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FM Lord Alan Brooke's WWII diary shows that after Dunkirk, the ministry gave him the choice for the year's production between 600 2pdr and 200 6pdr; he chose the former.

One might wonder why, or if, it was an either or proposition. For instance, might Brooke's have opted for a mix of 300 x 2pdrs and 100 x 6pdrs if offered?

Edited by DKTanker
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FM Lord Alan Brooke's WWII diary shows that after Dunkirk, the ministry gave him the choice for the year's production between 600 2pdr and 200 6pdr; he chose the former.

One might wonder why, or if, it was an either or proposition. For instance, might Brooke's have opted for a mix of 300 x 2pdrs and 100 x 6pdrs if offered?

 

 

It may have come down to simple maths. The number of anti-tank units requiring guns at the time may have resulted in 600 guns being needed. It is better to have those 600 guns with those units rather than only one third of the units having guns at all.

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FM Lord Alan Brooke's WWII diary shows that after Dunkirk, the ministry gave him the choice for the year's production between 600 2pdr and 200 6pdr; he chose the former.

One might wonder why, or if, it was an either or proposition. For instance, might Brooke's have opted for a mix of 300 x 2pdrs and 100 x 6pdrs if offered?

 

 

I did too, Dave, but there was nothing further, just an entry of note. So much for primary sources! There must be a detailed official history of the UK WWII Munitions industry but I don't go there.

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FM Lord Alan Brooke's WWII diary shows that after Dunkirk, the ministry gave him the choice for the year's production between 600 2pdr and 200 6pdr; he chose the former.

One might wonder why, or if, it was an either or proposition. For instance, might Brooke's have opted for a mix of 300 x 2pdrs and 100 x 6pdrs if offered?

 

 

I did too, Dave, but there was nothing further, just an entry of note. So much for primary sources! There must be a detailed official history of the UK WWII Munitions industry but I don't go there.

 

 

The single-volume British "official" history British War Production by Michael Postan in 1952 barely touches on the subject and like much British "official" commentary it contains limited references so it is a near impossible task to track down the background on the decision making without a deep dive into Kew. However, some tentative inferences can be made.

 

One thing that becomes immediately obvious is that the British decision to produce tank and antitank guns was made quite late. In December 1938, the War Department requirement for 2-pd tank and antitank guns was 0 (zero, nil, nada, zilch), since production of the 489 to that date exceeded peacetime scales for what was effectively a 8 or 9-division army, but by April 1940 the wartime scales for the 36-division army planned for 31 August 1941 were 13,561, but only 1,786 had been produced. :unsure: In fact, although the gun design began in 1934, the first orders were placed in December 1935, and the first deliveries were made in April 1937, there was no real urgency felt for them, as priority continued to be for the RAF and Antiaircraft Command - aircraft production and the 3.7" AA gun. By the second quarter of 1940 (April-June) production of the 2-pdr was averaging just under 100 guns per month...when hundreds [edit]509[/edit] were lost in the French debacle. Post Dunkirk, the requirements were expanded to equip 55 divisions by 30 November 1941 and the requirements for 2-pdr tank and AT guns expanded to 20,670...when production in the second half of 1940 was just 1,081, averaging just over 180 per month. At that rate, assuming no losses were incurred it would have taken about 100 months, until about November 1948, before the requirement could be met. While it was realized that production would increase (it did, to an average of 712 per month in 1941, with peak production in November of 1,393), the requirements could only be met if priority was given to quantity of production rather than the quality of the design produced and the 6-pdr simply had to wait (the same bad bargain occurred with tanks).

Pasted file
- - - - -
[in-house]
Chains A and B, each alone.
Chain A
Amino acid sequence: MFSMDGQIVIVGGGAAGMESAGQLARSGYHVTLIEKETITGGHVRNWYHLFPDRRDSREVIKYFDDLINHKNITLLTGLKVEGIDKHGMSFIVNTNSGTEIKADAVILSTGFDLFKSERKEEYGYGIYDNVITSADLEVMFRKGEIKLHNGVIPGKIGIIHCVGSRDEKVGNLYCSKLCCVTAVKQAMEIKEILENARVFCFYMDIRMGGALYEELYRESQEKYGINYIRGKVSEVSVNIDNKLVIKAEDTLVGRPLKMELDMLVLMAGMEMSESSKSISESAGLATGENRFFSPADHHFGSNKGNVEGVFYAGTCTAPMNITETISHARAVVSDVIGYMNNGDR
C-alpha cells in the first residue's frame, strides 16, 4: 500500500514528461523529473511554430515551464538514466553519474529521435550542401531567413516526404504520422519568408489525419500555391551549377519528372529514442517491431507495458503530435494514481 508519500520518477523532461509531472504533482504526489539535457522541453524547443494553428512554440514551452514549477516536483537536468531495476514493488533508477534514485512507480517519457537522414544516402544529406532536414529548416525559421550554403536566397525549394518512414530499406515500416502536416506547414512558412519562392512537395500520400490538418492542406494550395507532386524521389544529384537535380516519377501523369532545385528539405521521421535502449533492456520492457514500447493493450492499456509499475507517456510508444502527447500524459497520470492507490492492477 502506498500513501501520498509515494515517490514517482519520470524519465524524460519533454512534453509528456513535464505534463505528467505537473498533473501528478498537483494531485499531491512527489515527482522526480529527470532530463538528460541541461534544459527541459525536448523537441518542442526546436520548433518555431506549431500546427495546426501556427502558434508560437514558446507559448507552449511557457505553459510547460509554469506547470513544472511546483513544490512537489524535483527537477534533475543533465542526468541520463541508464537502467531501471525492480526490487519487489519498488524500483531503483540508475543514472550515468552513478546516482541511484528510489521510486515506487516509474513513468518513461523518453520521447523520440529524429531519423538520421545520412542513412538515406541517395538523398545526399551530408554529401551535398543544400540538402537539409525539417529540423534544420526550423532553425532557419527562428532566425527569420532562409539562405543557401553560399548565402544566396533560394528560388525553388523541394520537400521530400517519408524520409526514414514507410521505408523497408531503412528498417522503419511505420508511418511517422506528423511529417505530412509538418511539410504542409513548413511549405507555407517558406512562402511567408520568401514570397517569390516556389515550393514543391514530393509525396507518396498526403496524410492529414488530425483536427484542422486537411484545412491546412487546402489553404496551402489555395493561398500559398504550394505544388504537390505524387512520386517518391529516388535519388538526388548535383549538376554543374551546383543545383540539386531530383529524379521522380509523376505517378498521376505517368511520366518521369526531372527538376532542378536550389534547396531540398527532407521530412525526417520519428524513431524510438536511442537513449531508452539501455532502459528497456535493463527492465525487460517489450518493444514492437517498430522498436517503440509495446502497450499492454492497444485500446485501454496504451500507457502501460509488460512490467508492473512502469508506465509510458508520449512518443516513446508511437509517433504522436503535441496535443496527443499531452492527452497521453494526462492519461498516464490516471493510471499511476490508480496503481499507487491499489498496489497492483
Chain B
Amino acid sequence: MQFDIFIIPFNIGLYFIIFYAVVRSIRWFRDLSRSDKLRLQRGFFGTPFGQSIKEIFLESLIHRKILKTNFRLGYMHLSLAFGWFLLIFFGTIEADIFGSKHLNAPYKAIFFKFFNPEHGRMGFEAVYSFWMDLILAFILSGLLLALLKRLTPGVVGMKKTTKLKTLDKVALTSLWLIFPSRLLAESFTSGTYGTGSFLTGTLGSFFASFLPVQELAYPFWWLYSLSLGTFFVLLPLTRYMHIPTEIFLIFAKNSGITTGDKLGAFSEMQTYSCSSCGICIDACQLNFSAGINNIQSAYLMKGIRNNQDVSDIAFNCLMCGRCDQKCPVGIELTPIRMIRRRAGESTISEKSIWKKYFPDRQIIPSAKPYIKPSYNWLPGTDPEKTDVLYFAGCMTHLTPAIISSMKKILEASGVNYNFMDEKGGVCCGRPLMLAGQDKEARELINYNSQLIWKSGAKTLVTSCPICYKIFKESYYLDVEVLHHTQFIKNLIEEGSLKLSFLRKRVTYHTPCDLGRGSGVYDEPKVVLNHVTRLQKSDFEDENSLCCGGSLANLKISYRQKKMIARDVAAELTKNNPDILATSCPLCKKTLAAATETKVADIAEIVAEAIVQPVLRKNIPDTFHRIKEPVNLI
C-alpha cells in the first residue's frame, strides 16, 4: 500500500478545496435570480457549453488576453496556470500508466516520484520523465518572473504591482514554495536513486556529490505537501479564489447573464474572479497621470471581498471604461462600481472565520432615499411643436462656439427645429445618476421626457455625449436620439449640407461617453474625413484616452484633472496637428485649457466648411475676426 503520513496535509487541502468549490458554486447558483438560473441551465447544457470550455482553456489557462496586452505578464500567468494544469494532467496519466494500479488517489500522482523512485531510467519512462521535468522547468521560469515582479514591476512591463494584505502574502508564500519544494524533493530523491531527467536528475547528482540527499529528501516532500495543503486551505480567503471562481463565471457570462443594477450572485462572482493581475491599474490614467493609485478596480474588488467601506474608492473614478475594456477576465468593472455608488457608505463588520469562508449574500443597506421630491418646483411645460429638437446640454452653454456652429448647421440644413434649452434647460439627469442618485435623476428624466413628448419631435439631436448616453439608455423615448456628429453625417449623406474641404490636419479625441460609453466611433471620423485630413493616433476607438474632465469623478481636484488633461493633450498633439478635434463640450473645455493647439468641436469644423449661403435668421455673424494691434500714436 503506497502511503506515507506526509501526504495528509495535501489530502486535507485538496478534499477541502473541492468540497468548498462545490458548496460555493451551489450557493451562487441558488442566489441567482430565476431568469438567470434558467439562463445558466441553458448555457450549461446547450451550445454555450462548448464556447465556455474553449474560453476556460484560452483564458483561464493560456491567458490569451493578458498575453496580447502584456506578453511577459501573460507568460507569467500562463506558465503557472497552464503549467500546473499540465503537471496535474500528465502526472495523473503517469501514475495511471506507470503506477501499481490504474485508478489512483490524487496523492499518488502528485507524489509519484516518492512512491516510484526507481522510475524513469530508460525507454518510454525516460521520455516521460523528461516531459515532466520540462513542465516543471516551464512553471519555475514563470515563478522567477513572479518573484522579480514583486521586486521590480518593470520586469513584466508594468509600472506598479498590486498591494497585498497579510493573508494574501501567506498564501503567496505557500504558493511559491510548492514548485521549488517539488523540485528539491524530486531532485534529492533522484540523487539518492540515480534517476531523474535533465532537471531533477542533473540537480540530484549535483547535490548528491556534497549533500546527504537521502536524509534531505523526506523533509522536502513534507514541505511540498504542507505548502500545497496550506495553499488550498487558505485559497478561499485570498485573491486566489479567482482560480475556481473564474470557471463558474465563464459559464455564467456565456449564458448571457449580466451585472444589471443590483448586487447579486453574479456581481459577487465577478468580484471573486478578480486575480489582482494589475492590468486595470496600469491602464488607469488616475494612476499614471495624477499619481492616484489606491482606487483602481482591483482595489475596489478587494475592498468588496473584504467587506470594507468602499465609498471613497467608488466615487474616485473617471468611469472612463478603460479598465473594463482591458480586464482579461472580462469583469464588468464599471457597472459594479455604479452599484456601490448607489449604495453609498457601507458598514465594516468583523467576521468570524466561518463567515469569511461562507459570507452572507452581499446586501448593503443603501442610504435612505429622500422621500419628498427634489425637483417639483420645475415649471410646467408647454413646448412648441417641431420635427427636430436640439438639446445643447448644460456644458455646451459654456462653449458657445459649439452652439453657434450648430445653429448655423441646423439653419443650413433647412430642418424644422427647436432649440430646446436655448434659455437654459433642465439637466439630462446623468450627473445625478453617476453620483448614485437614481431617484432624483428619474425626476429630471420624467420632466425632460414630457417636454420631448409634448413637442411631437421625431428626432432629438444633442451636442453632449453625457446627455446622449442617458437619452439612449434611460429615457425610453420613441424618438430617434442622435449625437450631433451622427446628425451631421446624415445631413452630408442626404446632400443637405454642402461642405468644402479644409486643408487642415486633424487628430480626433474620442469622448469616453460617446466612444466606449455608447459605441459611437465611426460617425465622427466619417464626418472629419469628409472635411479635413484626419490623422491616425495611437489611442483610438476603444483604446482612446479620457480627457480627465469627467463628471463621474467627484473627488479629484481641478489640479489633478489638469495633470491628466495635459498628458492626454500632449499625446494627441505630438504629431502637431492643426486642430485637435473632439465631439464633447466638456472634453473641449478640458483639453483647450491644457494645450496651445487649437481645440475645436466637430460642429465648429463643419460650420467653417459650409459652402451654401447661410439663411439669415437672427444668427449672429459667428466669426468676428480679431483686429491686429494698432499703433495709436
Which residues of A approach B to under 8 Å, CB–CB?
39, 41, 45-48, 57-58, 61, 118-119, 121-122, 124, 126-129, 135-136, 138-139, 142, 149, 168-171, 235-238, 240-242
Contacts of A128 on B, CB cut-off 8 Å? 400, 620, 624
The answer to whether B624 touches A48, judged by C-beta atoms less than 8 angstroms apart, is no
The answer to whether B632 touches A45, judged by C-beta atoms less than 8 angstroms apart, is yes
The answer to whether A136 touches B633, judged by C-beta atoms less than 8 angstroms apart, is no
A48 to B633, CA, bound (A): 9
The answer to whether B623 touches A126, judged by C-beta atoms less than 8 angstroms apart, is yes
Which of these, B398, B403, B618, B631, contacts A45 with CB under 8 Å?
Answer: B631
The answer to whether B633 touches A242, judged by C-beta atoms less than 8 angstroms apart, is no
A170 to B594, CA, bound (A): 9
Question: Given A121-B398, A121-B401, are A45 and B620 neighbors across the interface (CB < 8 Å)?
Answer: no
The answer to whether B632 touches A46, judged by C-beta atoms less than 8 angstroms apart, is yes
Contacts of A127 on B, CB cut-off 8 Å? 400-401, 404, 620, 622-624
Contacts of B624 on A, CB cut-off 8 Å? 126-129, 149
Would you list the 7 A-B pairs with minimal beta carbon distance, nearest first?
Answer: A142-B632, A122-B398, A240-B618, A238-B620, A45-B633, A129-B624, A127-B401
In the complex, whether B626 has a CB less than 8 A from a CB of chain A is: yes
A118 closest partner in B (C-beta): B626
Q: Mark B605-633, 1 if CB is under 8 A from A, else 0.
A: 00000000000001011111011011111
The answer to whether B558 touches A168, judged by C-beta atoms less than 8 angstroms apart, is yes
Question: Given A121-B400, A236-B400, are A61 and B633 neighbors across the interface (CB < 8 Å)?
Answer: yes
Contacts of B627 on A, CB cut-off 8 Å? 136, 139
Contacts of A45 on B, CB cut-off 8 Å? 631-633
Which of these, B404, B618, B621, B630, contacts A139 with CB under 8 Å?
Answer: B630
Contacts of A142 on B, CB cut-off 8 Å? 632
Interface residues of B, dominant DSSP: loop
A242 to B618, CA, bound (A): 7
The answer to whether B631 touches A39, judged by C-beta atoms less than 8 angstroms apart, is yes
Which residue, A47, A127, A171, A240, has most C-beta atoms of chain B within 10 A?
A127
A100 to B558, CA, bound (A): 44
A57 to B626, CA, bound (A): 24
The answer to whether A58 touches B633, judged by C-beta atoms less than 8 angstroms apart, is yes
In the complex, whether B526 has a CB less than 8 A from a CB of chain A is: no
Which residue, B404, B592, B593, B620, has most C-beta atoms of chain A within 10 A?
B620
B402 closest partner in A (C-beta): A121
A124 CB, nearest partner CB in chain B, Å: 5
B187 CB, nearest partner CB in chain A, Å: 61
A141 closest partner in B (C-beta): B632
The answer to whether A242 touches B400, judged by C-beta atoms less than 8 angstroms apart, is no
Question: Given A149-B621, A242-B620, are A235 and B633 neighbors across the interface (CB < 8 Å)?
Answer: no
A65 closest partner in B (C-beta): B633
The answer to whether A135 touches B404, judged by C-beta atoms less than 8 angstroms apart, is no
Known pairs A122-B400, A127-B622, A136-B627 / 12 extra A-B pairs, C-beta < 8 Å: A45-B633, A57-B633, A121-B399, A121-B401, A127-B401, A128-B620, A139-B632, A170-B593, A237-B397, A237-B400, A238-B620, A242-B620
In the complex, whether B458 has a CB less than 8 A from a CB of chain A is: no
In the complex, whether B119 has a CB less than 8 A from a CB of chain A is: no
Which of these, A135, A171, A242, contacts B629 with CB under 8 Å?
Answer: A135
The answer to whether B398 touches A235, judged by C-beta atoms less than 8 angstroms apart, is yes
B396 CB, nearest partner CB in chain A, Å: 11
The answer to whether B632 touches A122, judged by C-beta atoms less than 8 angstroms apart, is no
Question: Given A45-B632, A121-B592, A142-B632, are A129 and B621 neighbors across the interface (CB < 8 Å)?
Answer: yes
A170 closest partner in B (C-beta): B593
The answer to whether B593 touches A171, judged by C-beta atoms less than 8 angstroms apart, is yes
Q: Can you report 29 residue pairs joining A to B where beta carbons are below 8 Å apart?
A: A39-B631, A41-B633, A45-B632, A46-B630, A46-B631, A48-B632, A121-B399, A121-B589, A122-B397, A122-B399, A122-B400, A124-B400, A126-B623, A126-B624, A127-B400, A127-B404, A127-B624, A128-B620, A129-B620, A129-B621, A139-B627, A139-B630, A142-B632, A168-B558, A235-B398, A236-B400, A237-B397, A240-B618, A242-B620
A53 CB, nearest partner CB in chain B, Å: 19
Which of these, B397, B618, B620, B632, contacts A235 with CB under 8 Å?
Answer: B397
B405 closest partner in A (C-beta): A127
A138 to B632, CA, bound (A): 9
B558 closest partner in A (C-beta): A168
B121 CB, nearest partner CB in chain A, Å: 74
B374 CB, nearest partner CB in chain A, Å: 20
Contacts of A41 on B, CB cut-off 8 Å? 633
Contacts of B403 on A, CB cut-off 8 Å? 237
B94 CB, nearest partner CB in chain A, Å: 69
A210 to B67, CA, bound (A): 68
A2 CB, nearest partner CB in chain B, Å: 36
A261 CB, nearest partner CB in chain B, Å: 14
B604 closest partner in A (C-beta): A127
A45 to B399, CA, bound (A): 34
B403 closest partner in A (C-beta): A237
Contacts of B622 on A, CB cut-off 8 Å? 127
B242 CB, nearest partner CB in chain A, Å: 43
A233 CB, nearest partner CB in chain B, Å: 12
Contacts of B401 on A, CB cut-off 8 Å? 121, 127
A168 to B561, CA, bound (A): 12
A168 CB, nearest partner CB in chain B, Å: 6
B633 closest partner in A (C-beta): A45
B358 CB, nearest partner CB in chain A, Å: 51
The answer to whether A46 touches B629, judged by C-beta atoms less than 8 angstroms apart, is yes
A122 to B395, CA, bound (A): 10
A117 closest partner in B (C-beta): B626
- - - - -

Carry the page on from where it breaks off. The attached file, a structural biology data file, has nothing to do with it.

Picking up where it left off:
The result was the first 6-pdr production was accepted in June 1941, when all of 2 were completed, followed by 1 more in July, 4 in August, and 1 in September. Production finally expanded, to 13 in October, 32 in November, and 146 in December, giving a total of 199 in the same year 8,547 2-pdr guns were completed.

 

The key decisions occurred in 1940 and early 1941. According to Postan (p. 194):

 

"In August the War Office notified the Ministry of Supply that the number of 6-pounder guns was to be governed by the effect on 2-pounder production, which was poor. This turned out to be the crucial issue in the evolution of the problem. An earlier order for a few pilot models was now increased to fifty in order to get production under way, and in December 1940 the Ministry of Supply, on its own initiative, though in agreement with the War Office, increased the order from fifty to 500. The War Office, however, was still anxious not to prejudice the prospective output of 2-pounders through increased orders for the 6-pounder. It had been informed that the production of 100 complete 6-pounders in the year would entail a loss of 600 2-pounders. The alternative was presented to the Defence Committee (Supply) which discussed it in February 1941 and decided that a diversion of capacity from 2-pounders to 6-pounders could not be afforded and that the urgently necessary acceleration of 6-pounder production must at the outset be solely from new capacity. This was in fact the decision which the Ministry of Supply had itself taken in August 1940 in response to the War Office view that the number of 6-pounder guns was to be governed by the effect on 2-pounder production. The subsequent production of the gun was thus entirely dependent upon new capacity coming into production."